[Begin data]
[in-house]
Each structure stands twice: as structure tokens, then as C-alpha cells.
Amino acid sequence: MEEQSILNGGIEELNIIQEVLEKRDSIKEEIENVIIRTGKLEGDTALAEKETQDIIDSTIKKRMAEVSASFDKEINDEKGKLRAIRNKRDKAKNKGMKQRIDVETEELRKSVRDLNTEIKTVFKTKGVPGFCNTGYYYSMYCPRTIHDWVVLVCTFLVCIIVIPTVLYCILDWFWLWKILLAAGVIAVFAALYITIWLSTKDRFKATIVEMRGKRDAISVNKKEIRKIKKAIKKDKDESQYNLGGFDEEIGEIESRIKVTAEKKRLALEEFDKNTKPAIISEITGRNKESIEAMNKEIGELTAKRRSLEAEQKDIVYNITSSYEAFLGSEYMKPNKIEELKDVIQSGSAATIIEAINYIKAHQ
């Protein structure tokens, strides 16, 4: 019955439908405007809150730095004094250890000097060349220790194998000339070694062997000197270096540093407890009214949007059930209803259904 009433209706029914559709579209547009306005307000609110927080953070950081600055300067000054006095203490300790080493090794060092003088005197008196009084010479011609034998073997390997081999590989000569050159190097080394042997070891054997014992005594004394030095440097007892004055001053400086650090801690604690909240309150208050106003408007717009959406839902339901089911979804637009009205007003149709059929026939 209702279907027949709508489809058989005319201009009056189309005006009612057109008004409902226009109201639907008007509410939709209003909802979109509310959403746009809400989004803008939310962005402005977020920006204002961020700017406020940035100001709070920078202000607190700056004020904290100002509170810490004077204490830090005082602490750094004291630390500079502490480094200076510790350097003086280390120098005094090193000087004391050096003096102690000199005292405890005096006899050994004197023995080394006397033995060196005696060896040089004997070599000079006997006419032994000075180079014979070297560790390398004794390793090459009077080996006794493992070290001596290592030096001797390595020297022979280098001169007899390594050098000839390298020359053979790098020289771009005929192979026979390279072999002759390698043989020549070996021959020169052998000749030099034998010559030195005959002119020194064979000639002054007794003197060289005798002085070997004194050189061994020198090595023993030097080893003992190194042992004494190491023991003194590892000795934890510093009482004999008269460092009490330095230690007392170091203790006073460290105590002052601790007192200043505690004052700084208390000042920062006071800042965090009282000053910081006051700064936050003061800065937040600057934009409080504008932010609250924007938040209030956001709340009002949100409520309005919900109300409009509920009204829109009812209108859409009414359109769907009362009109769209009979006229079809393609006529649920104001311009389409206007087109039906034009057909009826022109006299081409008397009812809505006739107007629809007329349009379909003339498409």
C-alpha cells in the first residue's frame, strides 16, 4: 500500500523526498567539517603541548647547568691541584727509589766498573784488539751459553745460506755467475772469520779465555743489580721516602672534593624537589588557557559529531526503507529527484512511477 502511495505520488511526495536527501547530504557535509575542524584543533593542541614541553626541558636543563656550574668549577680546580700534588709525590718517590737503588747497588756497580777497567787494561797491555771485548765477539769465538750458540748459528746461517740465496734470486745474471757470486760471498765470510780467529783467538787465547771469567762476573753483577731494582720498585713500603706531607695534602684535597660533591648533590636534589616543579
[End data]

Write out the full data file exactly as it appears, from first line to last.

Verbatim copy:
[in-house]
Each structure stands twice: as structure tokens, then as C-alpha cells.
Amino acid sequence: MEEQSILNGGIEELNIIQEVLEKRDSIKEEIENVIIRTGKLEGDTALAEKETQDIIDSTIKKRMAEVSASFDKEINDEKGKLRAIRNKRDKAKNKGMKQRIDVETEELRKSVRDLNTEIKTVFKTKGVPGFCNTGYYYSMYCPRTIHDWVVLVCTFLVCIIVIPTVLYCILDWFWLWKILLAAGVIAVFAALYITIWLSTKDRFKATIVEMRGKRDAISVNKKEIRKIKKAIKKDKDESQYNLGGFDEEIGEIESRIKVTAEKKRLALEEFDKNTKPAIISEITGRNKESIEAMNKEIGELTAKRRSLEAEQKDIVYNITSSYEAFLGSEYMKPNKIEELKDVIQSGSAATIIEAINYIKAHQ
């Protein structure tokens, strides 16, 4: 019955439908405007809150730095004094250890000097060349220790194998000339070694062997000197270096540093407890009214949007059930209803259904 009433209706029914559709579209547009306005307000609110927080953070950081600055300067000054006095203490300790080493090794060092003088005197008196009084010479011609034998073997390997081999590989000569050159190097080394042997070891054997014992005594004394030095440097007892004055001053400086650090801690604690909240309150208050106003408007717009959406839902339901089911979804637009009205007003149709059929026939 209702279907027949709508489809058989005319201009009056189309005006009612057109008004409902226009109201639907008007509410939709209003909802979109509310959403746009809400989004803008939310962005402005977020920006204002961020700017406020940035100001709070920078202000607190700056004020904290100002509170810490004077204490830090005082602490750094004291630390500079502490480094200076510790350097003086280390120098005094090193000087004391050096003096102690000199005292405890005096006899050994004197023995080394006397033995060196005696060896040089004997070599000079006997006419032994000075180079014979070297560790390398004794390793090459009077080996006794493992070290001596290592030096001797390595020297022979280098001169007899390594050098000839390298020359053979790098020289771009005929192979026979390279072999002759390698043989020549070996021959020169052998000749030099034998010559030195005959002119020194064979000639002054007794003197060289005798002085070997004194050189061994020198090595023993030097080893003992190194042992004494190491023991003194590892000795934890510093009482004999008269460092009490330095230690007392170091203790006073460290105590002052601790007192200043505690004052700084208390000042920062006071800042965090009282000053910081006051700064936050003061800065937040600057934009409080504008932010609250924007938040209030956001709340009002949100409520309005919900109300409009509920009204829109009812209108859409009414359109769907009362009109769209009979006229079809393609006529649920104001311009389409206007087109039906034009057909009826022109006299081409008397009812809505006739107007629809007329349009379909003339498409």
C-alpha cells in the first residue's frame, strides 16, 4: 500500500523526498567539517603541548647547568691541584727509589766498573784488539751459553745460506755467475772469520779465555743489580721516602672534593624537589588557557559529531526503507529527484512511477 502511495505520488511526495536527501547530504557535509575542524584543533593542541614541553626541558636543563656550574668549577680546580700534588709525590718517590737503588747497588756497580777497567787494561797491555771485548765477539769465538750458540748459528746461517740465496734470486745474471757470486760471498765470510780467529783467538787465547771469567762476573753483577731494582720498585713500603706531607695534602684535597660533591648533590636534589616543579